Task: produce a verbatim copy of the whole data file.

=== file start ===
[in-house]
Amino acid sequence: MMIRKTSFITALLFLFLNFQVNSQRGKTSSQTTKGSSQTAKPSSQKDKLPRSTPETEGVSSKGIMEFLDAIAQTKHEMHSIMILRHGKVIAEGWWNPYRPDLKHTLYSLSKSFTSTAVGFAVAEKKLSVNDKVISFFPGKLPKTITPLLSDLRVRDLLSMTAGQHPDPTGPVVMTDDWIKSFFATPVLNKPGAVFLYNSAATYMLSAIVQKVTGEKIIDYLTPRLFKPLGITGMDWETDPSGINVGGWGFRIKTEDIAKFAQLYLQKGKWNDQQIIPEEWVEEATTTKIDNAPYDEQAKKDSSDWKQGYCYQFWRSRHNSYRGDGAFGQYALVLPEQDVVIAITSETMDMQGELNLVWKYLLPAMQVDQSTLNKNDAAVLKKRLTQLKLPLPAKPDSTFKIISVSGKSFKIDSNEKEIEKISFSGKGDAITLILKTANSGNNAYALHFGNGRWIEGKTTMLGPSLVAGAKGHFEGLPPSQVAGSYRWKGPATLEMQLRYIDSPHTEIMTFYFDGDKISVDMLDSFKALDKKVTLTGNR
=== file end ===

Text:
[in-house]
Amino acid sequence: MMIRKTSFITALLFLFLNFQVNSQRGKTSSQTTKGSSQTAKPSSQKDKLPRSTPETEGVSSKGIMEFLDAIAQTKHEMHSIMILRHGKVIAEGWWNPYRPDLKHTLYSLSKSFTSTAVGFAVAEKKLSVNDKVISFFPGKLPKTITPLLSDLRVRDLLSMTAGQHPDPTGPVVMTDDWIKSFFATPVLNKPGAVFLYNSAATYMLSAIVQKVTGEKIIDYLTPRLFKPLGITGMDWETDPSGINVGGWGFRIKTEDIAKFAQLYLQKGKWNDQQIIPEEWVEEATTTKIDNAPYDEQAKKDSSDWKQGYCYQFWRSRHNSYRGDGAFGQYALVLPEQDVVIAITSETMDMQGELNLVWKYLLPAMQVDQSTLNKNDAAVLKKRLTQLKLPLPAKPDSTFKIISVSGKSFKIDSNEKEIEKISFSGKGDAITLILKTANSGNNAYALHFGNGRWIEGKTTMLGPSLVAGAKGHFEGLPPSQVAGSYRWKGPATLEMQLRYIDSPHTEIMTFYFDGDKISVDMLDSFKALDKKVTLTGNR